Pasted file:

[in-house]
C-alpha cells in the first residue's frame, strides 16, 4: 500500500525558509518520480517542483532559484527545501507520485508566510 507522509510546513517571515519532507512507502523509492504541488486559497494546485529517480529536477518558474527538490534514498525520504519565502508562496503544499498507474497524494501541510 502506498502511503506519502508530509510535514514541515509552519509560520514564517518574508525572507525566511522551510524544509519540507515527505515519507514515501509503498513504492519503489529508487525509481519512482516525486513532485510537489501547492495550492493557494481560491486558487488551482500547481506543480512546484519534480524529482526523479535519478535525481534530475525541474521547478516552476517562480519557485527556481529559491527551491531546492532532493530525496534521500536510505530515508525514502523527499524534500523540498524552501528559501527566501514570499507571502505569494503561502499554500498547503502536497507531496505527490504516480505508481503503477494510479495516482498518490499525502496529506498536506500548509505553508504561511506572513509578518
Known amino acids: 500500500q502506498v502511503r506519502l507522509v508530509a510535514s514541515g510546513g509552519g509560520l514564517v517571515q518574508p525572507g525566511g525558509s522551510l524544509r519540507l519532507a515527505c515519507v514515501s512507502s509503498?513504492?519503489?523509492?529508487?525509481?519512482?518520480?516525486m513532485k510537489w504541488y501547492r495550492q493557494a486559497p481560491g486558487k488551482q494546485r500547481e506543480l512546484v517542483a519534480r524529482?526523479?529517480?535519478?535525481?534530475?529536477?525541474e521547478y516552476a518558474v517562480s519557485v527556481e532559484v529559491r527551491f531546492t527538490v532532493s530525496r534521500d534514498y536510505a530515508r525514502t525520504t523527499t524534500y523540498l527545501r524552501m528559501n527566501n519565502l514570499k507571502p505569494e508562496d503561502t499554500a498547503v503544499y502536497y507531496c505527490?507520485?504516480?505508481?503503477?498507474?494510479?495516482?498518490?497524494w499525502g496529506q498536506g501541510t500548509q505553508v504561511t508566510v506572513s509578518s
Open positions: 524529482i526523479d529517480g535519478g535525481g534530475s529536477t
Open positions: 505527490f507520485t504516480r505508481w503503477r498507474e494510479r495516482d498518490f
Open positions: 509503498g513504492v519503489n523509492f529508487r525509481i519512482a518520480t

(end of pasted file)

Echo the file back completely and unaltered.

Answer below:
[in-house]
C-alpha cells in the first residue's frame, strides 16, 4: 500500500525558509518520480517542483532559484527545501507520485508566510 507522509510546513517571515519532507512507502523509492504541488486559497494546485529517480529536477518558474527538490534514498525520504519565502508562496503544499498507474497524494501541510 502506498502511503506519502508530509510535514514541515509552519509560520514564517518574508525572507525566511522551510524544509519540507515527505515519507514515501509503498513504492519503489529508487525509481519512482516525486513532485510537489501547492495550492493557494481560491486558487488551482500547481506543480512546484519534480524529482526523479535519478535525481534530475525541474521547478516552476517562480519557485527556481529559491527551491531546492532532493530525496534521500536510505530515508525514502523527499524534500523540498524552501528559501527566501514570499507571502505569494503561502499554500498547503502536497507531496505527490504516480505508481503503477494510479495516482498518490499525502496529506498536506500548509505553508504561511506572513509578518
Known amino acids: 500500500q502506498v502511503r506519502l507522509v508530509a510535514s514541515g510546513g509552519g509560520l514564517v517571515q518574508p525572507g525566511g525558509s522551510l524544509r519540507l519532507a515527505c515519507v514515501s512507502s509503498?513504492?519503489?523509492?529508487?525509481?519512482?518520480?516525486m513532485k510537489w504541488y501547492r495550492q493557494a486559497p481560491g486558487k488551482q494546485r500547481e506543480l512546484v517542483a519534480r524529482?526523479?529517480?535519478?535525481?534530475?529536477?525541474e521547478y516552476a518558474v517562480s519557485v527556481e532559484v529559491r527551491f531546492t527538490v532532493s530525496r534521500d534514498y536510505a530515508r525514502t525520504t523527499t524534500y523540498l527545501r524552501m528559501n527566501n519565502l514570499k507571502p505569494e508562496d503561502t499554500a498547503v503544499y502536497y507531496c505527490?507520485?504516480?505508481?503503477?498507474?494510479?495516482?498518490?497524494w499525502g496529506q498536506g501541510t500548509q505553508v504561511t508566510v506572513s509578518s
Open positions: 524529482i526523479d529517480g535519478g535525481g534530475s529536477t
Open positions: 505527490f507520485t504516480r505508481w503503477r498507474e494510479r495516482d498518490f
Open positions: 509503498g513504492v519503489n523509492f529508487r525509481i519512482a518520480t